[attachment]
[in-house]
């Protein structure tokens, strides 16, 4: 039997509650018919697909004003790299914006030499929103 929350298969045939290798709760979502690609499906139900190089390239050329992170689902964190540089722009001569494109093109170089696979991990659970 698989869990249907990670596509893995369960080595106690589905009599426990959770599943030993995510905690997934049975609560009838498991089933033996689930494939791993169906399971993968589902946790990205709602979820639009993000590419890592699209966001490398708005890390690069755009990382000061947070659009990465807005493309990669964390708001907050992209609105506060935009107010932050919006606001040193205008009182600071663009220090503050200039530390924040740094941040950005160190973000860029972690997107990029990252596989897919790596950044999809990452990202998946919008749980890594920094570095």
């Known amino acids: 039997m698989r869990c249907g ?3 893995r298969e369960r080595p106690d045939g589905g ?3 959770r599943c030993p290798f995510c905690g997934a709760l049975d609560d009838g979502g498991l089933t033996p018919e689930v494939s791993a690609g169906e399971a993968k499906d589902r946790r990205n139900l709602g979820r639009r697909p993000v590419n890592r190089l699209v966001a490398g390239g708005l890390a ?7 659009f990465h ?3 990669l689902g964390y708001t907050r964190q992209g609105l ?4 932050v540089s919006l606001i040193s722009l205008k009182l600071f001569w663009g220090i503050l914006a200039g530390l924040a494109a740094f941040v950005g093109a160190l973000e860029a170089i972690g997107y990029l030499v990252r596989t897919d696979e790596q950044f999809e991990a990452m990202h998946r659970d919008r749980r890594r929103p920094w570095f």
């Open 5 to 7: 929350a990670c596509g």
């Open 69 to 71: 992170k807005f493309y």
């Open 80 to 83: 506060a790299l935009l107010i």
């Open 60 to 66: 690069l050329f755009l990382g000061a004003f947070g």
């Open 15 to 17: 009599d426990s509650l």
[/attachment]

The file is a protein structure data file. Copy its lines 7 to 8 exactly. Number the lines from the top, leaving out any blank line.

């Open 60 to 66: 690069l050329f755009l990382g000061a004003f947070g």
């Open 15 to 17: 009599d426990s509650l």